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```					       Modeling Motion

The nature of motion appears to be the
question with which we begin.

-- Socrates
Our universe is in a constant state of motion.
Motion is the most common “physical” event
around us.

Motion has been studied by mankind for millennia.
Our modern understanding of motion did
not begin until Galileo (1564-1642) first
formulated the concepts of motion in
mathematical terms (via experiments).
Our understanding climaxed for several
centuries after Isaac Newton (1642-
1727) & his newly developed
Calculus put the concepts of motion
on a firm and rigorous footing.
As we begin, we must clearly define what we mean by the
term motion.

Motion – the change in a objects position with respect to
time

NOTE: Position must always be stated with respect to some
stationary object or reference point in order to be
meaningful!
(Else, measurements of the same event would yield different results)

What would be some examples of a stationary reference
point for a car traveling down the highway?
Consistent and accurate        measurements       require    a
“coordinate system”.

Coordinate System – a artificial reference grid imposed
on a system in order to make measurements
– Our Choice
– No Right or Wrong Way

Ex. An object changing position from A to B

Choose the simplest
system possible.
Every measurement of motion requires a reference point
AND a suitable coordinate system.

Reference Frame – a coordinate system that is
considered stationary with respect to the object that
is in motion.

Motion can be classified into 3 main categories.
1.   Translational Motion
2.   Rotational Motion
3.   Periodic Motion
Translational Motion
• Linear (straight-line or 1 dimensional motion)

• Projectile (arc’ed motion)

NOTE: When discussing translational motion, scientists often use the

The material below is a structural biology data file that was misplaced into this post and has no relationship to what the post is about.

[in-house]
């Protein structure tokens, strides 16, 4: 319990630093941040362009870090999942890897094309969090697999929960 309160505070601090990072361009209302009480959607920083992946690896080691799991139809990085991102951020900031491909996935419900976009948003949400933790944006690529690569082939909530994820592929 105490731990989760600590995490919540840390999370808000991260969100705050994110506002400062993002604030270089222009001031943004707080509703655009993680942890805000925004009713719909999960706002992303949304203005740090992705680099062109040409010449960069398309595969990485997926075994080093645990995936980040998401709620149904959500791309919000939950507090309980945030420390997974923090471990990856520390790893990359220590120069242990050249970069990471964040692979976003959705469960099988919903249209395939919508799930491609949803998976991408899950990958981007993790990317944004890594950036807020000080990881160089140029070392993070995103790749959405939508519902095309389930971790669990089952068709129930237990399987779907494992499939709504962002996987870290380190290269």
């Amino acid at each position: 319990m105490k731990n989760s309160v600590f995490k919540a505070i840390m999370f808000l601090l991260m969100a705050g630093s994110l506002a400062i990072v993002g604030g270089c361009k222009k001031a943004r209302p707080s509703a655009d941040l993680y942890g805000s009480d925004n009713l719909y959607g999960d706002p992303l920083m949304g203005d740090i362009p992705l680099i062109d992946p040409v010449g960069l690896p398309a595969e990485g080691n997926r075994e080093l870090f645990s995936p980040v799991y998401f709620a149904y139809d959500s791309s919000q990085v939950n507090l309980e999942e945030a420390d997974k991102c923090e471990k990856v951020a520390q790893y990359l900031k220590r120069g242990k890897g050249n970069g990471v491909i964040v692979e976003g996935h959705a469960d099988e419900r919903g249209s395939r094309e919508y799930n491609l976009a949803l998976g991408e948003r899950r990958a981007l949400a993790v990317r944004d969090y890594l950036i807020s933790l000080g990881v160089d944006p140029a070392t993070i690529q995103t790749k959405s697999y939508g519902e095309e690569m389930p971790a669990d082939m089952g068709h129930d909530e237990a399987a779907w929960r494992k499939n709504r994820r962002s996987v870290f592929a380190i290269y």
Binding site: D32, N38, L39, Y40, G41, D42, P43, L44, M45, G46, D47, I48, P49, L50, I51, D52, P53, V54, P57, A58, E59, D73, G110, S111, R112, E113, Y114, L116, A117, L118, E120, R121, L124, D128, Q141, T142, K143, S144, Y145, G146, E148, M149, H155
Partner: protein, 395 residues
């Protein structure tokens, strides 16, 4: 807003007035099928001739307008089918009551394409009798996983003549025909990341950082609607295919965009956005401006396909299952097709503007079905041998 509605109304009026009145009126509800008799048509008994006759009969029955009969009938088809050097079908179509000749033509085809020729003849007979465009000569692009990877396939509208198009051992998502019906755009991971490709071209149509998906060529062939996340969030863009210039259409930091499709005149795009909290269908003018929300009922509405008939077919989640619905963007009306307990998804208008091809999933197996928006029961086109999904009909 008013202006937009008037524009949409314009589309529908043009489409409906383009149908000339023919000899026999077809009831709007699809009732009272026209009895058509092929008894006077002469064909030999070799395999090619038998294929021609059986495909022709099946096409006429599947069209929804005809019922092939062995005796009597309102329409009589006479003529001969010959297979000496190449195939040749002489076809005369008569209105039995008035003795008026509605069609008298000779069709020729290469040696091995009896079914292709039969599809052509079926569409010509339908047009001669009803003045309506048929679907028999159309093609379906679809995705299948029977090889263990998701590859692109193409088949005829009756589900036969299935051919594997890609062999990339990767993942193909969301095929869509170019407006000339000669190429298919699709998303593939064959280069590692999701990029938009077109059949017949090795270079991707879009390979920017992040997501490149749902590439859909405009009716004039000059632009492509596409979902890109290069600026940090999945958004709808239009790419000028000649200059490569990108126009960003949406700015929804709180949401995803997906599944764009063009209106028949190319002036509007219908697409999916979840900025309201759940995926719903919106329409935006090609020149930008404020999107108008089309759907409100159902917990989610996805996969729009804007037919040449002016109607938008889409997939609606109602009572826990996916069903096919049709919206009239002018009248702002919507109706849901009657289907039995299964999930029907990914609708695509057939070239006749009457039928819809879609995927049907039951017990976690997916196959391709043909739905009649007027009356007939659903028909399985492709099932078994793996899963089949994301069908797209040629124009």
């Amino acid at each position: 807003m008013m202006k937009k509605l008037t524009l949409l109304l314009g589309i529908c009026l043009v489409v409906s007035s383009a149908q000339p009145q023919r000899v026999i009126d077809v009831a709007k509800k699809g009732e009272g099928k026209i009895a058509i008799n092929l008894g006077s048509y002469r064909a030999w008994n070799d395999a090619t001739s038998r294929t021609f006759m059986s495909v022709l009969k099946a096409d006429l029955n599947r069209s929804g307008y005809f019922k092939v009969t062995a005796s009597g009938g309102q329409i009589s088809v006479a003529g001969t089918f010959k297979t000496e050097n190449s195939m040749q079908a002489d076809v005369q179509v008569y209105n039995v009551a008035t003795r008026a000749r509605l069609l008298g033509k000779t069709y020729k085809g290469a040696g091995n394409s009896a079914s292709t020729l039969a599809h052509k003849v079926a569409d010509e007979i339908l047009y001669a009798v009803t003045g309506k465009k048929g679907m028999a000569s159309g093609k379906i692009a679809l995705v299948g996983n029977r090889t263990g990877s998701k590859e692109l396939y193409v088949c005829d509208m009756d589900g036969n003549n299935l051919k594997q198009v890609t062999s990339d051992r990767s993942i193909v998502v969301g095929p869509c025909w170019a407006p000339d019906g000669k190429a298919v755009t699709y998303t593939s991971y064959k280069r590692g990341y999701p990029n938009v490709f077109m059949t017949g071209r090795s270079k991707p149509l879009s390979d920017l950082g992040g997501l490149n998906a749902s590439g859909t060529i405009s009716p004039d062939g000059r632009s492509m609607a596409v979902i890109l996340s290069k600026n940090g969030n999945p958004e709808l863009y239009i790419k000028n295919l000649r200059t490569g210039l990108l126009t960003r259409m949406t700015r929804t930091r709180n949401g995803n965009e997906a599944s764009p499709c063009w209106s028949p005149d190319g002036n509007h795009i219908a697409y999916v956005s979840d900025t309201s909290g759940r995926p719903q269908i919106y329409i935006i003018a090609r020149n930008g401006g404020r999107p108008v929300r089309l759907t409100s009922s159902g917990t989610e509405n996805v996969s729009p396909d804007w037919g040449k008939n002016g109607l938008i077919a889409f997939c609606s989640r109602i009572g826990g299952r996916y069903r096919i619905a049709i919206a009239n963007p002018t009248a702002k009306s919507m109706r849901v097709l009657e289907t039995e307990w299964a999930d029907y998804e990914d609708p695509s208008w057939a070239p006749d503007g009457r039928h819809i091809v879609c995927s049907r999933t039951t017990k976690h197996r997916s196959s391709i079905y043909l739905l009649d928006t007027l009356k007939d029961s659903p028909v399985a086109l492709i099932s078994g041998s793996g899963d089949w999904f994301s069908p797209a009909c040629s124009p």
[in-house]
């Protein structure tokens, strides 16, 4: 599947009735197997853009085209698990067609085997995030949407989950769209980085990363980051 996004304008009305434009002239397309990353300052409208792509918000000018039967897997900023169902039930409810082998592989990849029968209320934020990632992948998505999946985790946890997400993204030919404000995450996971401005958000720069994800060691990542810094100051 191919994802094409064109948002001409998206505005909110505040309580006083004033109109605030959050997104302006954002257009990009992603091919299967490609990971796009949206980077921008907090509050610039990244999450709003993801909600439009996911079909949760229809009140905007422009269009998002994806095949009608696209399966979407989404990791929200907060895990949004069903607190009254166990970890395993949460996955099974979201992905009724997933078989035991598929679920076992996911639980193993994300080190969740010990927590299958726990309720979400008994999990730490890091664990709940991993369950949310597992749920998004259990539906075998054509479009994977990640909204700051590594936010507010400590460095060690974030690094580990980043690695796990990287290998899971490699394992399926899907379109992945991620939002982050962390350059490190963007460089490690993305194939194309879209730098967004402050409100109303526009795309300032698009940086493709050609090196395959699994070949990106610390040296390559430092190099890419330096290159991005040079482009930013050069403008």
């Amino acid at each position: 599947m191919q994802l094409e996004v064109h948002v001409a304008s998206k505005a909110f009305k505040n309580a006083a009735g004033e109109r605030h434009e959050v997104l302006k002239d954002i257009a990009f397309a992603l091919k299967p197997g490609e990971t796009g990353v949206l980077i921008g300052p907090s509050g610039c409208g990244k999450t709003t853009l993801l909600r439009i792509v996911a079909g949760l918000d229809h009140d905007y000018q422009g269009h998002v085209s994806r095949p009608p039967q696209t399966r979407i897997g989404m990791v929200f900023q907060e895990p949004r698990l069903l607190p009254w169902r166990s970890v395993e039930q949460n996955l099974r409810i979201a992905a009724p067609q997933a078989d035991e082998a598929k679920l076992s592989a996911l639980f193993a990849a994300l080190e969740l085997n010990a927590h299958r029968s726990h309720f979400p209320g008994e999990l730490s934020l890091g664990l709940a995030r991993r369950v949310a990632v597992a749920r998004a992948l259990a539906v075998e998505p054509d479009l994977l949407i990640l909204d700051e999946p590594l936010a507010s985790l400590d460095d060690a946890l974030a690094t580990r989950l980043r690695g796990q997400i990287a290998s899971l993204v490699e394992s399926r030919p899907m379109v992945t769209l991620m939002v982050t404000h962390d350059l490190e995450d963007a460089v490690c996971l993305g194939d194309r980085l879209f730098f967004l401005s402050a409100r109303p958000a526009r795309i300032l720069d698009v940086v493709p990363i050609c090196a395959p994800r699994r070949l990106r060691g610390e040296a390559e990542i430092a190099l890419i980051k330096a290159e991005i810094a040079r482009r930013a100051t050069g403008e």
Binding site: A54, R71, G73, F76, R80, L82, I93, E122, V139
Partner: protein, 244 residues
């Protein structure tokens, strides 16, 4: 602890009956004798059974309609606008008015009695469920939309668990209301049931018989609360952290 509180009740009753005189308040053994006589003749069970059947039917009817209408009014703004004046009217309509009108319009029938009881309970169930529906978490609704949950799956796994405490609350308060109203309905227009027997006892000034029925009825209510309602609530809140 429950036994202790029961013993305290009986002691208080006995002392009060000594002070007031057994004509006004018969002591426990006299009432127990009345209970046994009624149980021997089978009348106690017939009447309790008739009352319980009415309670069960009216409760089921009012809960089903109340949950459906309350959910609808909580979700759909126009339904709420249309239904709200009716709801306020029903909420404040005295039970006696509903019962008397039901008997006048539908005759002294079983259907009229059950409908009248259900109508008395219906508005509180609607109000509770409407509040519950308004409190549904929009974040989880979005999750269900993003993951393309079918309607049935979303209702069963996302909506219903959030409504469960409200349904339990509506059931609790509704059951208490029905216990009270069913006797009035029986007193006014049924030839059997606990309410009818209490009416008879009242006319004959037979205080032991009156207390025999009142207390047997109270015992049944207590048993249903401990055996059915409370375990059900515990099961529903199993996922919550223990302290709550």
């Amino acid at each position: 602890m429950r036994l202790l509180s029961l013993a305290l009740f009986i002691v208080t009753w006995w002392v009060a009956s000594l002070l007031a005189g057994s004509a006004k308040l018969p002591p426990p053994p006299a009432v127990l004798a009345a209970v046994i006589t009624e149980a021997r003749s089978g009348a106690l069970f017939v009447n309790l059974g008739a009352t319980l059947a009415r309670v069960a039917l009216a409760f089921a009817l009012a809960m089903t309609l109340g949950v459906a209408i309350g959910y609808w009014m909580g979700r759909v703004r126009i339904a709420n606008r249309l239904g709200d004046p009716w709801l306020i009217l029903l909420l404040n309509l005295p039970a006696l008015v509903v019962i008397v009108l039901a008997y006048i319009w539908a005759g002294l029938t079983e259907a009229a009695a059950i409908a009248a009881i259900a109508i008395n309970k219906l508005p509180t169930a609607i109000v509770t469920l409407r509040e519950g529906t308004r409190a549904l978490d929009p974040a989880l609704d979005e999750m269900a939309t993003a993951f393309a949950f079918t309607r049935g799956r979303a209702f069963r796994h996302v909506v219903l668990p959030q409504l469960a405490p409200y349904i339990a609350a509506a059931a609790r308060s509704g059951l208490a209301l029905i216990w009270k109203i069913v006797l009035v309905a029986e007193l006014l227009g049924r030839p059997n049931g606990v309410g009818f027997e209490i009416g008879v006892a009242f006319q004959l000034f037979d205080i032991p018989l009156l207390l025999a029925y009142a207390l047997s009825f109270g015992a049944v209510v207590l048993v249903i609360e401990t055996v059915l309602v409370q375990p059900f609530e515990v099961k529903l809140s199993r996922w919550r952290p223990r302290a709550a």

term TRAJECTORY to represent the path an object moves along.
Rotational Motion
• Circular

• Non-Circular
Periodic Motion
• Oscillations

• Vibrations
Complex motion is a combination of 2 or more of
the basic motion types.

Ex.
Motion Diagrams

Composite View
(Motion Diagram)

Motion diagrams provide a way to
Film Strip View   visually interpret the change in an
objects motion with respect to time.
Motion Diagram Examples

No Motion                Rate of Motion is Decreasing
(At Rest)

Rate of Motion is Increasing         Constant Rate of Motion
Knowledge Inventory
Cars A and B are traveling at different constant rates of motion.
Which car is going “faster” (has a higher rate of motion), A or B?
(Justify your reasoning – Assume the time interval is the same for both cars)

Scalars and Vectors
Scalar – a quantity with magnitude only
(just a number with units)

Vector – a quantity with magnitude and direction

What can we use to indicate direction?
NSEW, left/right/, up/down, +/- …

Ex.
We are driving at 55 mph.
We are driving West at 55 mph.
Vectors are important because they can make
good visual tools to simplify information when
used in graphs.
Vector Properties:

• Represented by bold faced letters or letters with
arrows (carrots) over them

• Have magnitude and direction relative to a fixed origin

• Are additive (can be combined into 1 single vector)
resultant vector – sum of all the individual vectors
• Can only add magnitudes that are in the same or
opposite direction
Ex.
You start out driving E for 10 miles, then turn W for 7 miles. Where is your
location relative to your original starting point?
(3 miles E)

Ex.
You start out 10 miles W of OBU. You then walk 1 mile due N. How far W
of OBU are you now?
(10 miles)

NOTE: Only N/S can be added and Only E/W can be added.

The resultant vectors for the previous examples can be expressed 2 ways:

Method I (Algebraically)
Ex. 1: (3 miles) E

Ex. 2: (10 miles) W + (1 mile) N
Vectors can also be represented and added
graphically without using ANY numbers at all!!!

A vector can be represented graphically by:
• Drawing an arrow to indicate its direction

• Altering the arrows length to indicate its magnitude
Vector Addition - Tail to Tip Method:
1.)   Start by placing any vector with its tail at the origin (starting point)
2.)   Place the tail of an unused vector to the tip of the previous vector
3.)   After placing all the vectors in this fashion, the resultant vector is
found by drawing a straight line from the tail of the first vector to
the tip of the last vector.

Ex.
Given the following vectors, find the resultant vector.

.
** NOTE: Order of placement (addition) does NOT matter!

Ex.
Repeat the previous example but add the vectors in a different
order to show that the resultant vector is the same.

.
Method II (Graphically)
Ex. 1:                (3 miles) E

+             

+                  

Ex. 2:                              (10 miles) W + (1 mile) N

+   

+                         
Models

What is a Model?
a simplified version of a real life physical system or event